“Now therefore stand still and see this great thing that the Lord will do before your eyes.” 1 Samuel 12:16
Recently, CURE received a visit from some students and staff from an international school in Nairobi.
This group was really interested in our work with Smile Train, an organization that helps provide free cleft lip and palate surgeries for children. We got to give them a tour, let them give goodies to our kids, and even gave them a taste of what surgery is like by allowing them to go into our operating rooms.
A lot of the group was made up of girls. And because of this, they noticed things. Things that I’ve probably grown accustomed to. I’ve already forgotten their comments, but they were filled with empathy and sweetness. They were seeing CURE with first time eyes.
They had a fresh perspective.
Recently, I also went to a concert.
Now, this wasn’t your regular, go watch Adele or the Newsboys perform for you for an hour and a half kind of concert.
No, this was a concert with a purpose.
It was called Concert in the Dark. One of the main purposes of this concert was to raise money for surgeries for the blind. Some of the concert was played in the dark, we received cards with braille messages on them, and we experienced moments of what it feels like to be blind.
We also watched a video of a child who received cataract surgery. In the process of the video, we watched him have an eye exam, go through surgery, and then we saw him after his surgery.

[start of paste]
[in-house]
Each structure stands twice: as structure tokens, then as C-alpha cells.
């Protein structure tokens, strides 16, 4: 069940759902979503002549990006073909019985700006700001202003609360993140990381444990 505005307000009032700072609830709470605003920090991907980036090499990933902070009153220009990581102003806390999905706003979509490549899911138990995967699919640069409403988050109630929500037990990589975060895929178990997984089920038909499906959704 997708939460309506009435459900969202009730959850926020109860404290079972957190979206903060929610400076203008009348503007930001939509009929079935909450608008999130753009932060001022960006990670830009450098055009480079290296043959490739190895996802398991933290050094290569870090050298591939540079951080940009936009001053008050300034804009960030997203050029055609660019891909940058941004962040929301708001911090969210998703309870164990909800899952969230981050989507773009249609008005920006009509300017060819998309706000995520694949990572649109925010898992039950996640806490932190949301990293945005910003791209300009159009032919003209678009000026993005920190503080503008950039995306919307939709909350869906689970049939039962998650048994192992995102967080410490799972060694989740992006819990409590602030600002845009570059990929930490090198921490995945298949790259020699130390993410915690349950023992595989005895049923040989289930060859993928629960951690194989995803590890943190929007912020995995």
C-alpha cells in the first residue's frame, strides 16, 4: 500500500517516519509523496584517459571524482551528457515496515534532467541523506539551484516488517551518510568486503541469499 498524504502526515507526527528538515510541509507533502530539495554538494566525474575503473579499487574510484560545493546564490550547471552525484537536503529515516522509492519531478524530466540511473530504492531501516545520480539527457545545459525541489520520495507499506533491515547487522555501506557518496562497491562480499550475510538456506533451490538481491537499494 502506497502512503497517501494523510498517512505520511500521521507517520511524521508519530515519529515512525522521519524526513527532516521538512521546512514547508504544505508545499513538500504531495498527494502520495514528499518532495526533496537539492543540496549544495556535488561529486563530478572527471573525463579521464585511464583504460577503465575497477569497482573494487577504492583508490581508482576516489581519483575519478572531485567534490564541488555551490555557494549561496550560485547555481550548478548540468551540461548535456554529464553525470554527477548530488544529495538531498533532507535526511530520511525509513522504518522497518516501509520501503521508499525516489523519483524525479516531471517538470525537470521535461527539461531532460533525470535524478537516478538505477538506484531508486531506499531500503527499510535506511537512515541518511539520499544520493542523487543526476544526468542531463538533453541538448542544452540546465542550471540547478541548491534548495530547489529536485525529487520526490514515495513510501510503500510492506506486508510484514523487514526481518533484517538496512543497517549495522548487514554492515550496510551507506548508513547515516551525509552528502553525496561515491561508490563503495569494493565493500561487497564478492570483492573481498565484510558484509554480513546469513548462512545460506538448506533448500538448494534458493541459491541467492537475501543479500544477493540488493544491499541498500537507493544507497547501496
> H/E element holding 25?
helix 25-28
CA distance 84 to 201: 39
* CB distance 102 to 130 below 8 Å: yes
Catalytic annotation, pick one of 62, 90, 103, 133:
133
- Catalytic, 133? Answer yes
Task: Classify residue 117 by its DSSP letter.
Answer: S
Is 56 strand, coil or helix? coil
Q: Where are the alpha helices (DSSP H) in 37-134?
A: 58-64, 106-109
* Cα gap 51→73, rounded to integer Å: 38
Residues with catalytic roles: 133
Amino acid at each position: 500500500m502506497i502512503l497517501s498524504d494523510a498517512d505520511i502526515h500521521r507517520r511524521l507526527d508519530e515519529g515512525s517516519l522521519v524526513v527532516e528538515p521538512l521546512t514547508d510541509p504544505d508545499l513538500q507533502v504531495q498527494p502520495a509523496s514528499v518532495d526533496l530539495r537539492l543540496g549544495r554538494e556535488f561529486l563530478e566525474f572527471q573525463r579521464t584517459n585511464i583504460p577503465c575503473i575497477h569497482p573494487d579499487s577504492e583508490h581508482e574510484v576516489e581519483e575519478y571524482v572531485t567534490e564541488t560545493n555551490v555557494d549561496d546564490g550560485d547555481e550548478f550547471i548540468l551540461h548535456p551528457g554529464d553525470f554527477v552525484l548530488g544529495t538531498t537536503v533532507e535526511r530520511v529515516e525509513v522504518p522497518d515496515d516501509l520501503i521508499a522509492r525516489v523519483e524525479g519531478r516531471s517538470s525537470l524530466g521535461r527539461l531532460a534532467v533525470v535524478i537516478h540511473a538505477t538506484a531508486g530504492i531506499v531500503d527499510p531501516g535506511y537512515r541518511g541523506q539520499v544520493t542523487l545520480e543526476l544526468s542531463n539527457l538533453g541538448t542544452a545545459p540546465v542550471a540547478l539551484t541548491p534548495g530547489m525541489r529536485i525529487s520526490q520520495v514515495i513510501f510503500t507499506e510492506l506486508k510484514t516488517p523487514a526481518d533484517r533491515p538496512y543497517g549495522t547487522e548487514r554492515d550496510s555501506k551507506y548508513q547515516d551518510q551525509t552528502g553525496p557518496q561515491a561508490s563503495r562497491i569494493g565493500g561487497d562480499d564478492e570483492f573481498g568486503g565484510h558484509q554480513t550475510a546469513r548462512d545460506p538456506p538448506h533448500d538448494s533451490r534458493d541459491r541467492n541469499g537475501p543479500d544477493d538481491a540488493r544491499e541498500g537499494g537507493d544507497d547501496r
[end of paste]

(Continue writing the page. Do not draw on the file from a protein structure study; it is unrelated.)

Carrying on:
There was something about that video… It was a simple video. It wasn’t very long. It wasn’t overly fancy. But it had an impact on me. There was that visual of watching a child find healing through surgery.
Then I realized…
This is what happens at CURE.
And it happens all the time.
All too often, my job just becomes my job. I go to work. I take the photos I need. I edit the stories. I giggle with the kids. I act silly. And I go home.
Transformation happens in front of my face EVERY DAY. And I act like it’s JUST a job.
Oh sure, that’s not all that goes on.
Sometimes I want to cry for these kids. For Mercy, one of my best little friends who had to have her leg amputated because a tumor had eaten most of her bone. And for Stephen, a boy with special needs who lives at a children’s home, left there to be cared for by people who aren’t his parents.
Sometimes I can barely take it, all these hard things. Every one of these kids has a story. So many have been through more in their little lives than I have in my whole big life. And so many have more strength and joy than I do.
All this aside though, our kids find healing and a different life from a few minutes spent being examined by our doctors, thirty minutes to a few hours spent in the operating room, a few days spent in our hospital, and a few months or years with routine doctor visits and wearing orthotics or braces.
I watch this all the time. God is healing kids through CURE.
But I need to see things with new eyes. So that this isn’t just my job. It’s my joy. It’s my privilege. It’s my divine appointment.
Brandon Heath puts it this way:
“Give me Your eyes for just one second
Give me Your eyes so I can see
Everything that I keep missing
Give me Your love for humanity
Give me Your arms for the broken-hearted
The ones that are far beyond my reach
Give me Your heart for the ones forgotten
Give me Your eyes so I can see.”
This is my prayer. I hope it can be yours too. Pray for my eyes, that I would see CURE’s patients and each person God has placed in my life as he wants me to. But also, pray for your eyes too. Pray that God would give you his perspective on life around you. I’m praying for you, friends!